It's not that I don't understand and sympathise with all the hard-pressed mums bewailing the inexorable approach of the Christmas season. But, you know, in twenty years time, they'll be wishing
there were a few littl'uns about the house to spread the Christmas spirit. I know I am.
I do have Mr B, of course, but he has a somewhat minimalist approach to All Things Christmas.
With December 1st just three days away, I have very little time left to persuade him that we badly need an advent calendar so that we can start getting in a Christmassy mood. I don't think we need one which provides chocolate. We would
only argue about whose turn it was to open the door and scoff the choc. But I do need to start counting down the days and for this purpose there are few things better than an advent calendar.
When our Fab Foursome were small, Blue Peter could always be relied upon to advise on a Do-It-Yourself advent calendar. This usually involved coat hangers. Or was that an Advent Ring? Yes, I think I've mis-remembered again. But I'm sure they made advent
calendars, too - let's face it there was nothing the Blue Peter presenters didn't / couldn't make. I suppose I could pretend I'm Valerie Singleton and improvise /make one of my own devising - I have bags full of Christmas cards from years past which I
could put to good use. However I'm not sure Mr B would allow any art work of mine to be put on display anywhere in the house. And you can't have an advent calendar stuck in a drawer, it defeats the whole object of the exercise.
I think we were quite mean parents. We only ever had one advent calendar between the four of them. That means each one of the poor, deprived children only ever got to open six windows. Now I come to think of it, that was really,
really stingy. Though I imagine the anticipation must have been heightened because you had to wait the best part of a week before it was your turn to uncover a robin, or a teddy bear, or a Christmas tree bauble. And, no, we didn't do chocolate-filled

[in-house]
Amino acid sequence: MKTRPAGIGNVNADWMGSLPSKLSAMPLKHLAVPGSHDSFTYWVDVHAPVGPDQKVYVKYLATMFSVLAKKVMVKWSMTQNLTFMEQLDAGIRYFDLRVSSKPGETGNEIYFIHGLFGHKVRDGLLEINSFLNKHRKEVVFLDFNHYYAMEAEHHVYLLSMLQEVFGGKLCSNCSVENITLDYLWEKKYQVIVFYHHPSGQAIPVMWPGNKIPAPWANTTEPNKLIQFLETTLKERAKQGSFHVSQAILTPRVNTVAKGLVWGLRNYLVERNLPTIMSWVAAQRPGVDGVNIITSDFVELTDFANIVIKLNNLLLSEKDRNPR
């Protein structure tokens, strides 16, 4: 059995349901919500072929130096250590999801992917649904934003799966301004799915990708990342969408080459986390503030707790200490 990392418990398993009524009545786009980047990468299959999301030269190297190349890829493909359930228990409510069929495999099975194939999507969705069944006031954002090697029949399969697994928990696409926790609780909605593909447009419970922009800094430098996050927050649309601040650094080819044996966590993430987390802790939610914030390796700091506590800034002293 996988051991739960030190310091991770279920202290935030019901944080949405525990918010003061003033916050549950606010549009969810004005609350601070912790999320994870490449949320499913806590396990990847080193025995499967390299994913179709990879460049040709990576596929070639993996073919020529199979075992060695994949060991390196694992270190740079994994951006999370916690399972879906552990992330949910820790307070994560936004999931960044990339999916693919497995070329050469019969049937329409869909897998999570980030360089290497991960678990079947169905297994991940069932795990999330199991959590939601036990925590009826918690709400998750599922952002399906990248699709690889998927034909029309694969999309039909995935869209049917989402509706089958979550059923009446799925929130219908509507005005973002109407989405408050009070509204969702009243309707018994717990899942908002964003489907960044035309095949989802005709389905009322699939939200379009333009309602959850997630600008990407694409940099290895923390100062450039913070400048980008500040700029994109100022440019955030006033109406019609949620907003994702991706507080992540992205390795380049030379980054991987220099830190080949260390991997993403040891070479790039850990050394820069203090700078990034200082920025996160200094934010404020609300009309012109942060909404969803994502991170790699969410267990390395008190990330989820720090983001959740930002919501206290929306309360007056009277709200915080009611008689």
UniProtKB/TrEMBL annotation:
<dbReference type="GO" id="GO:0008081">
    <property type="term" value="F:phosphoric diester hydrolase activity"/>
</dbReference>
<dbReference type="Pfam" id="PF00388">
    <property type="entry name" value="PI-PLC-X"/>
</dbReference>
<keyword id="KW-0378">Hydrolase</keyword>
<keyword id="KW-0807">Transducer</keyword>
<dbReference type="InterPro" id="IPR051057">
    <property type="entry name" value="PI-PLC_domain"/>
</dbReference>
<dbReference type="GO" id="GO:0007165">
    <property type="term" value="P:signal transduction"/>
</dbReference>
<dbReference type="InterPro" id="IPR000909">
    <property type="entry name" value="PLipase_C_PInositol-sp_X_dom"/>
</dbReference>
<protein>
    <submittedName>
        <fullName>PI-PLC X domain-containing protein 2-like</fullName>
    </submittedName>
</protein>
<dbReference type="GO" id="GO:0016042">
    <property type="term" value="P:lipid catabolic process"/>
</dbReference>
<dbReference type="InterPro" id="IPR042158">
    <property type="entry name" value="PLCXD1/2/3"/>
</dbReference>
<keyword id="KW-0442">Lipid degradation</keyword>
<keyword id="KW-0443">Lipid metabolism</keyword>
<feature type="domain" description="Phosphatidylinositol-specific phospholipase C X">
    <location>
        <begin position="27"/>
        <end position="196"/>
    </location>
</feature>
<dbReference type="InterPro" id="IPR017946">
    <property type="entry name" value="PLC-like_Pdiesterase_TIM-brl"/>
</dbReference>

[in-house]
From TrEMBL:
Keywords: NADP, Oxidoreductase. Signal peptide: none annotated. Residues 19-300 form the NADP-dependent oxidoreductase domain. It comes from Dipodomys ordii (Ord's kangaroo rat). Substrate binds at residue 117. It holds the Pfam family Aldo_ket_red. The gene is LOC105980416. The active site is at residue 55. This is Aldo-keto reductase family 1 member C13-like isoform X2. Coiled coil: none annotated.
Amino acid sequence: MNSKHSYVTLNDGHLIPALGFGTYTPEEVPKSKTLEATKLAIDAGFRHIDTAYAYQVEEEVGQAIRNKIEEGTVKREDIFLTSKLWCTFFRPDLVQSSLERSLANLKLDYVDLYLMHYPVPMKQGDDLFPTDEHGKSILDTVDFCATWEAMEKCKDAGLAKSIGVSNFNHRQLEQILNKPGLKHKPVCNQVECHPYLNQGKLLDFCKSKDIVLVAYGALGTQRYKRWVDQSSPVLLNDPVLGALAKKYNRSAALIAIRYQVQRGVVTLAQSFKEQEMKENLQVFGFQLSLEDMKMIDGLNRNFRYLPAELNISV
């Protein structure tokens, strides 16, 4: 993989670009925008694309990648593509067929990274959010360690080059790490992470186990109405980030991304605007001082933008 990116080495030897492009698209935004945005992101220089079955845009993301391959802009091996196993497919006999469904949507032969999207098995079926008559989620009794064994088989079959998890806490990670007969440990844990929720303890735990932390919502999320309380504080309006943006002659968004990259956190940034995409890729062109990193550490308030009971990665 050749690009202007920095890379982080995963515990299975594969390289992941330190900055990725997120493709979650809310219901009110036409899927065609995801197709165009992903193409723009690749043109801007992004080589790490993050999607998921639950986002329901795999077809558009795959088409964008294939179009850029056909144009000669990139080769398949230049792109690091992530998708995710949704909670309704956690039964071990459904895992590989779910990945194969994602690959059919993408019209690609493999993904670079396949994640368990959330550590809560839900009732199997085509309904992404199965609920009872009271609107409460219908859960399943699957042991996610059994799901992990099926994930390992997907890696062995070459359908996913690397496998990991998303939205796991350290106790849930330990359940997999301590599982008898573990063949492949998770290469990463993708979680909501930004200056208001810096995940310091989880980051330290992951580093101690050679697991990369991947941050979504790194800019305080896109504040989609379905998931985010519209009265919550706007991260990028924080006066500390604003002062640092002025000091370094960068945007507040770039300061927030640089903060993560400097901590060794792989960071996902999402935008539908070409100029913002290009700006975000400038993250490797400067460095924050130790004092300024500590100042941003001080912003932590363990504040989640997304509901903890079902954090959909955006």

advent calendars, either. The thrill of opening a window was considered quite enough excitement, thank you very much. It's quite amazing that my children have grown up into such generous, well-rounded people, unscarred by the deficiencies of their childhood.
The advent calendar pictured here was home-made (though not, I hasten to add, by me.) It's called a "craft stick calendar with origami boxes." I read the instructions but reluctantly decided against attempting
it on the basis that even the designer freely admits that (i) it is very time-consuming and (ii) it is very fiddly. I'm not sure I can cope with fiddly. And I don't have much time, consumable or otherwise, either. Sadly I think the home-made option
may be out, at least for this year. Next year I shall make a start in September which will give me a good chance of having time to magic something up. Whether it will involve craft sticks and origami, I can't promise.
But, hey, I've found another idea on yet another "crafty" website. This one involves finding a large, clear, cookie jar in which you place 24 matchboxes, all covered in different coloured paper and labelled 1 - 24. Into each matchbox, you insert
a Christmas task that needs to be done that day. There's even a helpful list of possible tasks like "write Christmas cards", "buy Christmas tree", "make sausage rolls". I particularly liked the more interesting tasks such as "go star gazing", "dance and sing
to Christmas music" and "use puppets to tell a bedtime story." But there you are. You need a littl'un around for puppet shows and bedtime stories and all my littl'uns are either grown up or too far away...
Perhaps, after all, an Advent Candle would be a lot less trouble?